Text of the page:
New York Times Examines Debate Over Reimportation of Prescription Drugs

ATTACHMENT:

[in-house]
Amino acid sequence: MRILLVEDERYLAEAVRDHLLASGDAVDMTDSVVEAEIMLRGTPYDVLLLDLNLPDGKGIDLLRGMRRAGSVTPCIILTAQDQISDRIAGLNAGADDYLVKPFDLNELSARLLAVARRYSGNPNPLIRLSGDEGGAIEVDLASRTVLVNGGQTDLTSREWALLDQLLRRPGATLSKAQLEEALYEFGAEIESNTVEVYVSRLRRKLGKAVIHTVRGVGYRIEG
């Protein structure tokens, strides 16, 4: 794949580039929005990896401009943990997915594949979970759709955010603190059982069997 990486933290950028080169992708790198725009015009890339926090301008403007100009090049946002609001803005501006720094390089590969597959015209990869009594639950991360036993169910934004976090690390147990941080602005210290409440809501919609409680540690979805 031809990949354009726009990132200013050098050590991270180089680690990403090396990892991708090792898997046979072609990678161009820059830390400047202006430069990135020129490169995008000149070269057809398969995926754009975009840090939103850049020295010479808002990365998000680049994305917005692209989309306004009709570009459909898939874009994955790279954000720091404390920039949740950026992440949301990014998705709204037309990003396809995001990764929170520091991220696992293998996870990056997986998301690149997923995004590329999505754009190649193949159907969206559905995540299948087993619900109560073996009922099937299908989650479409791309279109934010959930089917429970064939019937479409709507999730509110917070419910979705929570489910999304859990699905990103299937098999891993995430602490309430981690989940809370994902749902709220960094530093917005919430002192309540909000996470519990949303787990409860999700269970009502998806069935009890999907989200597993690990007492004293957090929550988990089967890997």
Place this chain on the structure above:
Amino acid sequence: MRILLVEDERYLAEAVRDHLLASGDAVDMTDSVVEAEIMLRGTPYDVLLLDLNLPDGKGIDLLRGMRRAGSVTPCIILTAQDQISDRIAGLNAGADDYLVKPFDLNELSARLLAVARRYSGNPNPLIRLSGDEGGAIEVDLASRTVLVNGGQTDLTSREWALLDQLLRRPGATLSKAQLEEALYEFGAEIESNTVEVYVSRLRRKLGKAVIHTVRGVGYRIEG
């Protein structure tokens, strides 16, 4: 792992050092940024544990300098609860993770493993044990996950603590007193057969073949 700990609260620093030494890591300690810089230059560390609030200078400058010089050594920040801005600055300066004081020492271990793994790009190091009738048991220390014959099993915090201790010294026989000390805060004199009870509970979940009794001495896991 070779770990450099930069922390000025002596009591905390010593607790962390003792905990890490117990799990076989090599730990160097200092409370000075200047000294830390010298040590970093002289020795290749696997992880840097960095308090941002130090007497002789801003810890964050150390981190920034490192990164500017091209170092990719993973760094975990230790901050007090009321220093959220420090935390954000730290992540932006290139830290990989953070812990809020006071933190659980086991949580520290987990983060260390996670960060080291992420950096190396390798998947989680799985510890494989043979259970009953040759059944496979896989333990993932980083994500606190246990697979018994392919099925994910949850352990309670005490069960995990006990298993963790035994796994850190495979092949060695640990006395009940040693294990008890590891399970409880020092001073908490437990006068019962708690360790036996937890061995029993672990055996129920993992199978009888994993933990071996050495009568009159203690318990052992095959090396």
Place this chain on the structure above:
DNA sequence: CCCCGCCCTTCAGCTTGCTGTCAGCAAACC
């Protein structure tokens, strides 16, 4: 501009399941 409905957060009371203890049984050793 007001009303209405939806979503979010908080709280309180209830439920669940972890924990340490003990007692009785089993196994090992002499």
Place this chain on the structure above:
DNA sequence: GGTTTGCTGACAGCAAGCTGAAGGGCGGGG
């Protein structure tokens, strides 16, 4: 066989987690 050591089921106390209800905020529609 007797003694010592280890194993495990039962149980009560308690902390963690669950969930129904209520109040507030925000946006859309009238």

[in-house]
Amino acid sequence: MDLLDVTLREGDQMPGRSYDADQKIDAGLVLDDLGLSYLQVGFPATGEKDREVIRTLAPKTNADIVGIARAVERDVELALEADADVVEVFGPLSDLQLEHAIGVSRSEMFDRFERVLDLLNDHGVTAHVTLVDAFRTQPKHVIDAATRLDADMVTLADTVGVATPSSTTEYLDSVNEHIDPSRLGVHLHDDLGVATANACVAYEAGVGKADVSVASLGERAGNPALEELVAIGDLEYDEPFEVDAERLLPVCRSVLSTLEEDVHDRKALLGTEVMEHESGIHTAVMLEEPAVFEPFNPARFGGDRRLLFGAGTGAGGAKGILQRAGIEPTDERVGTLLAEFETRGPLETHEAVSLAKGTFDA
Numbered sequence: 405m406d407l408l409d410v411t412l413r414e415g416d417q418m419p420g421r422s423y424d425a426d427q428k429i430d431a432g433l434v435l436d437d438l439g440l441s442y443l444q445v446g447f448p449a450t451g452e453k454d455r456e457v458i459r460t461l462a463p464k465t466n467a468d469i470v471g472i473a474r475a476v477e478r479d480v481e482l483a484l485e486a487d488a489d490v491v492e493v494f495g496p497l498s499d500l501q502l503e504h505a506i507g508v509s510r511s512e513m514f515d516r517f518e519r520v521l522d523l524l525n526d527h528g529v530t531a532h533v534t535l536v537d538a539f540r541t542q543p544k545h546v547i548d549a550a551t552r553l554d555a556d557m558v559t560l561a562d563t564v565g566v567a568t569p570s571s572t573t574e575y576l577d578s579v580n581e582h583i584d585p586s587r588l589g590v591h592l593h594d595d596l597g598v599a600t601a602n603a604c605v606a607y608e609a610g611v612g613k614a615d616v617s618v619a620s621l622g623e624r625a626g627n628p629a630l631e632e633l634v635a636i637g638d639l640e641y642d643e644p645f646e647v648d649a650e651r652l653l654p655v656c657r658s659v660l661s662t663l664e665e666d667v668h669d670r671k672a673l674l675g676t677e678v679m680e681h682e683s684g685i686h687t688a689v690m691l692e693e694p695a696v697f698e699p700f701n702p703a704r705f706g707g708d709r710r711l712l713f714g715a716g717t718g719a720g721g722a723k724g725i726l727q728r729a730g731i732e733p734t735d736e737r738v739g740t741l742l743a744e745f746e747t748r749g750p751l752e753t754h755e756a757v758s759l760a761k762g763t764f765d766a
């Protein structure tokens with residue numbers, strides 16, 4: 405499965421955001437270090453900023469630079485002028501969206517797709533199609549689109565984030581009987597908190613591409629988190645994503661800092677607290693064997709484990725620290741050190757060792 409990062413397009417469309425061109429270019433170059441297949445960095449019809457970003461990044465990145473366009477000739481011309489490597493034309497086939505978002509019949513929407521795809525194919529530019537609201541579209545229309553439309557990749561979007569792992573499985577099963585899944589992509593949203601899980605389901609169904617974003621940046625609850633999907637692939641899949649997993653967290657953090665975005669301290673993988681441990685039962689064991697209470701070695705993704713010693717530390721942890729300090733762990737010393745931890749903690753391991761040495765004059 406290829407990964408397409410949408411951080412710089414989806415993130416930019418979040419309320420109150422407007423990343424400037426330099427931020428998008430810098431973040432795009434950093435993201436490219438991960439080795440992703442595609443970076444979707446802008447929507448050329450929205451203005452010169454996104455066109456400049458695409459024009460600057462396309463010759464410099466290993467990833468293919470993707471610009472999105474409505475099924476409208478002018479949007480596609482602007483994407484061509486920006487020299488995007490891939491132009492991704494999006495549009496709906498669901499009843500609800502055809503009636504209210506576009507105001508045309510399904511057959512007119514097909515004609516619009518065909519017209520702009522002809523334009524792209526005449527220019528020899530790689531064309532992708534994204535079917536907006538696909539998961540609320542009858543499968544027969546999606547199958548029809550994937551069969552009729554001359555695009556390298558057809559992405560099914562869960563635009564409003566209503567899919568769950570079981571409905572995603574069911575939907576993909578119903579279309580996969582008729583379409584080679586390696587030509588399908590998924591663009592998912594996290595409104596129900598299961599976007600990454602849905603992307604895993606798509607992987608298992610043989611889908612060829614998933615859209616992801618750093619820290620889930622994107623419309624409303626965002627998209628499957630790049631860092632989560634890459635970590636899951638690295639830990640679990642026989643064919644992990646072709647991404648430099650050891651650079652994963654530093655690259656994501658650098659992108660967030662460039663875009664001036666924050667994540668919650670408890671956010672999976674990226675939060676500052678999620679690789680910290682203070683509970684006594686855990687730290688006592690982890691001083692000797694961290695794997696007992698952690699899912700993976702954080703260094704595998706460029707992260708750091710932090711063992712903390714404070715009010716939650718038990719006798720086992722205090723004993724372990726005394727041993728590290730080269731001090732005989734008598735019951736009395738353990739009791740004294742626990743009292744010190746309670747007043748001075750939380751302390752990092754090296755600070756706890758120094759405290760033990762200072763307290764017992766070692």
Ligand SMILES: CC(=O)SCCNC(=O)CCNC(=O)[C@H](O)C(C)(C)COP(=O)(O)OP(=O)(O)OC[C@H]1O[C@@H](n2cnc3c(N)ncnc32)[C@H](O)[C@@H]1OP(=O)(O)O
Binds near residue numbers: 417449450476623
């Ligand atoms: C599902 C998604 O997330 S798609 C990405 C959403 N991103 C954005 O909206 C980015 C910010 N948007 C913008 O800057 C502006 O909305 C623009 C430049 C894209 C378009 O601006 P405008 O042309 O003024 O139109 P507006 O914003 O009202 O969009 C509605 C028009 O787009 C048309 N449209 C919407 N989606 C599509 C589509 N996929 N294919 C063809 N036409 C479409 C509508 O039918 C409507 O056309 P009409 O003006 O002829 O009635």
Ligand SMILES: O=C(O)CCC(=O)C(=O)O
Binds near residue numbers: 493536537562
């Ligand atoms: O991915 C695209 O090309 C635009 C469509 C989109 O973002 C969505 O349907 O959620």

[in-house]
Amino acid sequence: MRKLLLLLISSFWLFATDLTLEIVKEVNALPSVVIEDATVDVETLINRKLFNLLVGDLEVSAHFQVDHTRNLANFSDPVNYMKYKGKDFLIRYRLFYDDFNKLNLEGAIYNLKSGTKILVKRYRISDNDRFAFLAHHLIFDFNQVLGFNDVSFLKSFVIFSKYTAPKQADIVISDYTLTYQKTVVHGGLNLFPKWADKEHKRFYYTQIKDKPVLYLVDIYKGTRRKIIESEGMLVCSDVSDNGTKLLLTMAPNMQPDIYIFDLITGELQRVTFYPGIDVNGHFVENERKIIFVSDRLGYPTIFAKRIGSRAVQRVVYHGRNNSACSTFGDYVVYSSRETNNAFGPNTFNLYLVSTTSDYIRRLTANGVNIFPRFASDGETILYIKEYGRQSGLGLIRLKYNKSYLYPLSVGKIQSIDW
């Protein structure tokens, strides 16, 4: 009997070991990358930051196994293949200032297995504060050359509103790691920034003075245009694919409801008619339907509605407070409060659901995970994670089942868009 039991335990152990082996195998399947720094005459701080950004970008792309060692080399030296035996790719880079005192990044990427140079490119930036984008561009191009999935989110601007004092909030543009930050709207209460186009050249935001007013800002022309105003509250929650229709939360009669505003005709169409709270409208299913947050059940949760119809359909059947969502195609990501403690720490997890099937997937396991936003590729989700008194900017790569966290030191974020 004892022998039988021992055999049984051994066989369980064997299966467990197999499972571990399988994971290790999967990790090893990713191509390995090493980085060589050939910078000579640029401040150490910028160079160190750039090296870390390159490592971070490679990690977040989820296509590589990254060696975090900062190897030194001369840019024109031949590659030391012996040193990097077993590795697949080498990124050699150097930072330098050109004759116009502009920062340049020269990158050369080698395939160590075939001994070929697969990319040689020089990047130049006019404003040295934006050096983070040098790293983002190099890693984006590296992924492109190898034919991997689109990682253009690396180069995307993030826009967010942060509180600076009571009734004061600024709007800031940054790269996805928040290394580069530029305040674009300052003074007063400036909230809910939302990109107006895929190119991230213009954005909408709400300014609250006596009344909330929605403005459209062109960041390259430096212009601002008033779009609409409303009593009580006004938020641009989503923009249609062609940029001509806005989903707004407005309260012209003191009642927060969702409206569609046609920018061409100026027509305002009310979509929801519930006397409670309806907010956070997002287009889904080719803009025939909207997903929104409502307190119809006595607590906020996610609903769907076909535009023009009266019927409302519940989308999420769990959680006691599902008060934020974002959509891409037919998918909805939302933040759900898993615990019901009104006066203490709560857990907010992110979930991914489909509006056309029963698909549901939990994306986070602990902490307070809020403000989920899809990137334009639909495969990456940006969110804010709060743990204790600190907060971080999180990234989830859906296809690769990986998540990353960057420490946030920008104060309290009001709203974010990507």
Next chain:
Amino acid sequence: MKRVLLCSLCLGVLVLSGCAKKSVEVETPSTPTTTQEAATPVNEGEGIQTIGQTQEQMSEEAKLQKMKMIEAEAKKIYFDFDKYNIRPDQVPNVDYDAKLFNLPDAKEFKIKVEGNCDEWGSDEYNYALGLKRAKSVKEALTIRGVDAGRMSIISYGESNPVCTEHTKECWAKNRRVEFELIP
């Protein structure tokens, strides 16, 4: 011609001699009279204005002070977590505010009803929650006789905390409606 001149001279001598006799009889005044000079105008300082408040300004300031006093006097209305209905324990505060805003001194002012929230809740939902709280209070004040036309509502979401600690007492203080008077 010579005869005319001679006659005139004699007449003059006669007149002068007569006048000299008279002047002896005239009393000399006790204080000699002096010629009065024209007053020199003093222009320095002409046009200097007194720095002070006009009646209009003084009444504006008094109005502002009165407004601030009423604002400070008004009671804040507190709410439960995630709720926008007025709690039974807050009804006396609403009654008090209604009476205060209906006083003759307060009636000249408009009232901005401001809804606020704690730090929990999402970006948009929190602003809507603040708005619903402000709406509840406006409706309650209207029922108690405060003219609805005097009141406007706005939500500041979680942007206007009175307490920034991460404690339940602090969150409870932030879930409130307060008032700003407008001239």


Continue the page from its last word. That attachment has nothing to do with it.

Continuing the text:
The New York Times on Monday examined the debate between U.S. regulators and lawmakers over whether to allow the reimportation of lower-cost, U.S.-manufactured prescription drugs from Canada. According to the Times, Canadian online pharmacies have made "hundreds of million of dollars" through the sale of prescription drugs to U.S. residents. U.S. residents in 2003 spent $695 million on reimported prescription drugs -- of which online purchases accounted for 66% of the sales -- but market growth for Canadian online pharmacies has "flattened" in 2004, in part because of restrictions on sales to U.S. residents implemented by pharmaceutical companies, the Times reports. A number of large pharmaceutical companies have threatened to end shipments to Canadian online pharmacies that sell their products to U.S. residents. In addition, FDA has "stepped up ... warnings" about the safety of reimportation. Andy Troszok, vice president for standards at the Canadian International Pharmacy Association, said, "When Americans start being told by their own government that they're breaking the law, it has an effect." However, Canadian online pharmacies "have gained powerful allies in governors, mayors and county executives, who are publicly declaring" that at least some of the pharmacies are safe, according to the Times. Minnesota and Wisconsin both recently have established prescription drug Web sites to help residents reimport medications from Canada (Tedeschi, New York Times, 3/8).This is part of the California Healthline Daily Edition, a summary of health policy coverage from major news organizations. Sign up for an email subscription.